Thursday, 13 November 2014

The Admiral's Bride by Suzanne Brockmann

The Admiral's Bride (1999) (MIRA Books)
Suzanne Brockmann
Grade: A
Genre: romantic suspense / adventure
Sex scenes: mild
Source: second-hand bookshop, Koh Tao
Tall, Dark and Dangerous: ... (7) The Admiral's Bride
Romance RBC 2014: An AAR Top 100 Romance 2000 

Dr Zoe Lange has just been presented with the biggest challenge of her career. A biological warfare specialist, she’s more than familiar with going undercover. What’s different about this mission is that she’ll be assisting Admiral Jake Robinson and they need to recover six canisters of Triple X, a deadly nerve agent that has the power to knock out entire cities. Admiral Jake Robinson is a legend – Zoe owes her very existence to him. Over 20 years ago during the Vietnam War, Jake and his elite team of Navy SEALs undertook missions that no one else dared: rescuing whole camps of prisoners of war from enemy clutches and in particular, a team of men who had been left for dead by their superiors in the depths of the forest, including Zoe’s dad.

Still distraught over the death of his wife Daisy three years ago and recovering from a recent life-threatening injury, Jake finds himself in the curious position of having to prove his mettle to his men who consider him too old for field work. When the mission requires that Jake and Zoe become husband and wife in order to infiltrate the compound where the canisters are being held, Jake is reluctant to commit despite being fully aware that this relationship will be purely superficial. As Zoe hides her true feelings, knowing that Jake is unwilling to reciprocate, their mission forces the pair into ever-closer quarters until it's impossible to deny the attraction between them ...

I found this gem while scouring second-hand bookshops when I was in Koh Tao. I had quickly became addicted to Suzanne Brockmann’s Troubleshooters series, but it’s not the easiest of tasks getting my hands on any of her other books and so I was determined to treasure this find. I enforced on myself a strict rule of buying a single book and reading it before I bought another, and this was perhaps my third book, read and enjoyed on the gorgeous sand of Sairee Beach. I’m sorely tempted to hunt down the other books in this series, but even eBay isn’t throwing up very good options.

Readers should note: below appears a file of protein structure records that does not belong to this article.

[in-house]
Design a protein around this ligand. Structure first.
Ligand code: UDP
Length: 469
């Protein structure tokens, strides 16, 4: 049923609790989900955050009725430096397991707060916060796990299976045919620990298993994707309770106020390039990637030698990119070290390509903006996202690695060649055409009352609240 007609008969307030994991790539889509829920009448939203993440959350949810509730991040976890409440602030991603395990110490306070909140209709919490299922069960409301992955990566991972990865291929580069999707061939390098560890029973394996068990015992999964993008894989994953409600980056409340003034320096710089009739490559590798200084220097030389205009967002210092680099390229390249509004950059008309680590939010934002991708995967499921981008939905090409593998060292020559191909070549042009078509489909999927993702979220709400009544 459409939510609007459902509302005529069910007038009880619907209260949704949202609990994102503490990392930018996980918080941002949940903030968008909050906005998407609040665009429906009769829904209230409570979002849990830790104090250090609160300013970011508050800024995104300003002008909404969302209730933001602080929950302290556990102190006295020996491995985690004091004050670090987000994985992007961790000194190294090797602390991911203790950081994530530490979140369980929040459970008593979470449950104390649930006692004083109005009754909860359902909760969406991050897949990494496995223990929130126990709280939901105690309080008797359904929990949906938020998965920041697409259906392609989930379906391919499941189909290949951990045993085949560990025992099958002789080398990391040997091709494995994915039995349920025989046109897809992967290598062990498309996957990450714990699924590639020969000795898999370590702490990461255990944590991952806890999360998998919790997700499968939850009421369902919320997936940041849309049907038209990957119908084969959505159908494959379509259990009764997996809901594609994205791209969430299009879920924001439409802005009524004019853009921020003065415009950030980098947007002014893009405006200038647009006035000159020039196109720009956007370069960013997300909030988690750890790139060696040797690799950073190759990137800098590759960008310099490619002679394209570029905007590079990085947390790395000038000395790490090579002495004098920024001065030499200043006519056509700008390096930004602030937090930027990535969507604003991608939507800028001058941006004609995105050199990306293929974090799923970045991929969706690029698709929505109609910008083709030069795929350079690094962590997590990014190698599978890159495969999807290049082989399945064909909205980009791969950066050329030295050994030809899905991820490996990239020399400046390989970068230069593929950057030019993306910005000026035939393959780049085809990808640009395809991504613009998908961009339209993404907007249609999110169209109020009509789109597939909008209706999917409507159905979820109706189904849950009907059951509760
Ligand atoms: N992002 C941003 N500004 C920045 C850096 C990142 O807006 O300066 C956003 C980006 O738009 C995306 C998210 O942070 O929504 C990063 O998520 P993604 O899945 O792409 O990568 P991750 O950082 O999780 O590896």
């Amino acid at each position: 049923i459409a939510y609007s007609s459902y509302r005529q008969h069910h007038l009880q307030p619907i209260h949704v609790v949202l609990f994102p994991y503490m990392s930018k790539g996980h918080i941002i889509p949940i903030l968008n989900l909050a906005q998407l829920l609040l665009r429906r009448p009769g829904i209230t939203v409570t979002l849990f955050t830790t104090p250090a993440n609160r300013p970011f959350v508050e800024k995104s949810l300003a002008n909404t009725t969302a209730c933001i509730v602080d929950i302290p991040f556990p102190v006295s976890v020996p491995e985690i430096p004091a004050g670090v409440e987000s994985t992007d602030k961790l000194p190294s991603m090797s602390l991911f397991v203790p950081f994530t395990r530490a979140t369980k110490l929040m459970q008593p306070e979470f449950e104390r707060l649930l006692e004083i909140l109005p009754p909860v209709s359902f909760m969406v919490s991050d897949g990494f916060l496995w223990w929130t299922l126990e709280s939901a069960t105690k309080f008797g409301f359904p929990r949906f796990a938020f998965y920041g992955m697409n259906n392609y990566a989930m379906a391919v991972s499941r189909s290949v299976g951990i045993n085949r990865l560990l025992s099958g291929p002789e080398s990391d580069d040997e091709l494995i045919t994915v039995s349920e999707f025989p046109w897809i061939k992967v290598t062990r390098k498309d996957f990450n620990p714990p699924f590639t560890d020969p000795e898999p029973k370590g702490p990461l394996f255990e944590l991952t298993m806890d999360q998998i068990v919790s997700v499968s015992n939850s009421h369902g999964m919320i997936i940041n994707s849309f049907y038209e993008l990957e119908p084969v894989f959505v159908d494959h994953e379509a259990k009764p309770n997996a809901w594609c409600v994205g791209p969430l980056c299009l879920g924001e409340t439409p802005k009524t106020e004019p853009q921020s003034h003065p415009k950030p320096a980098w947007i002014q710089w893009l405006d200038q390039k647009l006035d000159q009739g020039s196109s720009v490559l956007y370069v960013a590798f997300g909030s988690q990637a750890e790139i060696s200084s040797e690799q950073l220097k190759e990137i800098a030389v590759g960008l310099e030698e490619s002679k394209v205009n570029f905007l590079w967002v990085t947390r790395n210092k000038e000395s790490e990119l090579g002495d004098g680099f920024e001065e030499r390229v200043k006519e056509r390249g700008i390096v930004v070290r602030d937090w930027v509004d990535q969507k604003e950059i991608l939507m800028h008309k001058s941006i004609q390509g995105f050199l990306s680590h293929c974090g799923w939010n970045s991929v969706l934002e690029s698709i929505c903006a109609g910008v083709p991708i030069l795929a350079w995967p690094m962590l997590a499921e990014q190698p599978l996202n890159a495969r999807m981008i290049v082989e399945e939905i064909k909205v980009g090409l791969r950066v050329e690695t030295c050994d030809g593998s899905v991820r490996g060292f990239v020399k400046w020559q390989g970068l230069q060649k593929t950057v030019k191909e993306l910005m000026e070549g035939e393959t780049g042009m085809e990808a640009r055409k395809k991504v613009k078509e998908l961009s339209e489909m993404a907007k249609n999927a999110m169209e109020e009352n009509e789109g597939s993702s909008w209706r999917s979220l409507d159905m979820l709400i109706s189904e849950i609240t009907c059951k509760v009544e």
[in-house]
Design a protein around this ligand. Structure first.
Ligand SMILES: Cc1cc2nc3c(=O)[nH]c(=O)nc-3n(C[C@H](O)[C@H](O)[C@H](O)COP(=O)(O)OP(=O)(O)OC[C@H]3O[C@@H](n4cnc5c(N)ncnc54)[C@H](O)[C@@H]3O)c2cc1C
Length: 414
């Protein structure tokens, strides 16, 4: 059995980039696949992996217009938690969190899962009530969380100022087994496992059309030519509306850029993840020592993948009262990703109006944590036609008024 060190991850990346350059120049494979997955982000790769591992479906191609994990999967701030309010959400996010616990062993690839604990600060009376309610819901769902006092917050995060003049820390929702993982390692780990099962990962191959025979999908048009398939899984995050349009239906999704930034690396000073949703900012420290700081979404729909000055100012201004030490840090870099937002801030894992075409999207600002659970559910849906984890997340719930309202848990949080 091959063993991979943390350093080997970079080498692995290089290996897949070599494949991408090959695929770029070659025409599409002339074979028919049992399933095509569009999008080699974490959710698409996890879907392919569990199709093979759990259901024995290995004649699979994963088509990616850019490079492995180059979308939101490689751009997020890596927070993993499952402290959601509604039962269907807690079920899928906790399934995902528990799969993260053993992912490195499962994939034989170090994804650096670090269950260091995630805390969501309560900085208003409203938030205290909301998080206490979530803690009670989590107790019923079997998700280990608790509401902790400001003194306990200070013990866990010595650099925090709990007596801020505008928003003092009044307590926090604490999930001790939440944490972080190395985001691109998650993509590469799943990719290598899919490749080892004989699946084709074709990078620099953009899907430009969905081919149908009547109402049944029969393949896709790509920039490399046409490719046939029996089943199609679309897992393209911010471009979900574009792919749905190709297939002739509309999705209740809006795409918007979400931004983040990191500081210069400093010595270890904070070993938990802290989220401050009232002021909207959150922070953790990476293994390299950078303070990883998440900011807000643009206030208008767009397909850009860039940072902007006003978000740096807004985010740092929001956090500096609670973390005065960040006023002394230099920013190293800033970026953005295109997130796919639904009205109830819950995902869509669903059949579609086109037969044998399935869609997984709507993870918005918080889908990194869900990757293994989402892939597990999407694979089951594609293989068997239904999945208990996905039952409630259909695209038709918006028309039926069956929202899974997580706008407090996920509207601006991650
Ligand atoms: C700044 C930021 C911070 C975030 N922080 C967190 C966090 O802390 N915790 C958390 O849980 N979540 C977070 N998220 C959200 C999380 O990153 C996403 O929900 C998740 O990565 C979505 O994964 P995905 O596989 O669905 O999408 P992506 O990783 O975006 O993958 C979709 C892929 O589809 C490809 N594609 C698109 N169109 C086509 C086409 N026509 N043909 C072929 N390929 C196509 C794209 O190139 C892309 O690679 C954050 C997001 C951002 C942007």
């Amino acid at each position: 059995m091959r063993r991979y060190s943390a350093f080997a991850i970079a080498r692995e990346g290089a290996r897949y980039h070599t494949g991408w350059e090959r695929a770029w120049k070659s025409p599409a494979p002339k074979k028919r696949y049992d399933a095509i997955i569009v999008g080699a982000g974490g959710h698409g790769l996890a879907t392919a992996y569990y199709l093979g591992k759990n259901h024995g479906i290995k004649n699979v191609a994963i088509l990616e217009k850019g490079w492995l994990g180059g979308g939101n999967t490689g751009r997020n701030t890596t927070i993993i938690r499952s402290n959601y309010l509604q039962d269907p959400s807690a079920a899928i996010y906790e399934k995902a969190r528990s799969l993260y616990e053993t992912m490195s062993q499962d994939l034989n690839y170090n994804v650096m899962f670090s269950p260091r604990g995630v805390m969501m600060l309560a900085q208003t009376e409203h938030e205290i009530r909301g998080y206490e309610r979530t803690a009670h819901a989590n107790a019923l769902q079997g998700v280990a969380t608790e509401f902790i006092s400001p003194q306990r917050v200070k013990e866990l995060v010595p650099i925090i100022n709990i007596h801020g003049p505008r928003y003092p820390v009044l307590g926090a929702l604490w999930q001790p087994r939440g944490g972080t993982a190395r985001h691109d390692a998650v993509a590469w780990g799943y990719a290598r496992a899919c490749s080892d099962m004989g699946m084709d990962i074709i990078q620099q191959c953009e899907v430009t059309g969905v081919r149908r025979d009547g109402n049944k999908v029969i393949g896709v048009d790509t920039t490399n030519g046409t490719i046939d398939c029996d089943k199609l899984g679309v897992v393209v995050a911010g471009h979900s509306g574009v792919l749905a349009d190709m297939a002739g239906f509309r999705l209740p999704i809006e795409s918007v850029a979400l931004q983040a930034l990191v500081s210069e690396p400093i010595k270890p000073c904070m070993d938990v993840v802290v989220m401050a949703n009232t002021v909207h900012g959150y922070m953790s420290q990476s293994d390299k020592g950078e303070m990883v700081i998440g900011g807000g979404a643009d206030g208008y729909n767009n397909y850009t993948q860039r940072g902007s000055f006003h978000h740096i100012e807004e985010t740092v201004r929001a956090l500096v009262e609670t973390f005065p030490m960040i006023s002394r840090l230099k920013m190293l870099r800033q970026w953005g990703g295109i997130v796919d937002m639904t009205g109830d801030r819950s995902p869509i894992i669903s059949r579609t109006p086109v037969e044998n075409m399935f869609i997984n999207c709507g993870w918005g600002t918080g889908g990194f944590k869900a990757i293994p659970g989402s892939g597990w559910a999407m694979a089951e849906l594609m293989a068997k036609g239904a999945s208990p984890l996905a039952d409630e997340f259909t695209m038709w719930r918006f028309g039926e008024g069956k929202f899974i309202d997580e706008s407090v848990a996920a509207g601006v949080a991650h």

This is another title where I’m regretting my original RBC 2014 allocation as in retrospect, it wouldn’t be very difficult to fill the ‘AAR Top 100 Romance 2000’ category. What The Admiral’s Bride is a great example of, is a May-December romance. In a nutshell, this is where the hero and heroine are respectively in the prime and later years of their life (hence, May-December). Jake is 50 years old and throughout the book, is forced to show his team that he’s fit enough to do the job. Zoe is 30 and has idolised Jake all her life after he saved her father’s life. When this mission finally gives her the opportunity to meet and work with Jake, Zoe finds herself not only respecting him, but falling in love with the man. Zoe has no qualms at all about the age gap or what people might think and on a number of occasions, she reprimands Jake’s men for underestimating his abilities. She’s a great example of what I love about Brockmann heroines: headstrong, smart and able to stand her own ground.

As with a number of my other favourite authors (Nora Roberts, Linda Howard, Lisa Kleypas, I could go on), I do prefer Suzanne Brockmann’s older titles. There’s just something about these books being contemporary for their time (yet not contemporary to 2014 standards) that makes them timeless, in a way that books written now, aren’t. The Admiral’s Bride closely rivals how much I love Gone Too Far. It’s difficult to pin down which I love more, but the latter does have the advantage of an incredible amount of sexual tension spread over five other books in the Troubleshooters series. Regardless, this novel represents some of the best of Suzanne Brockmann and if you can get your hands on a copy, you'll see why.

Image courtesy of Book Depository.

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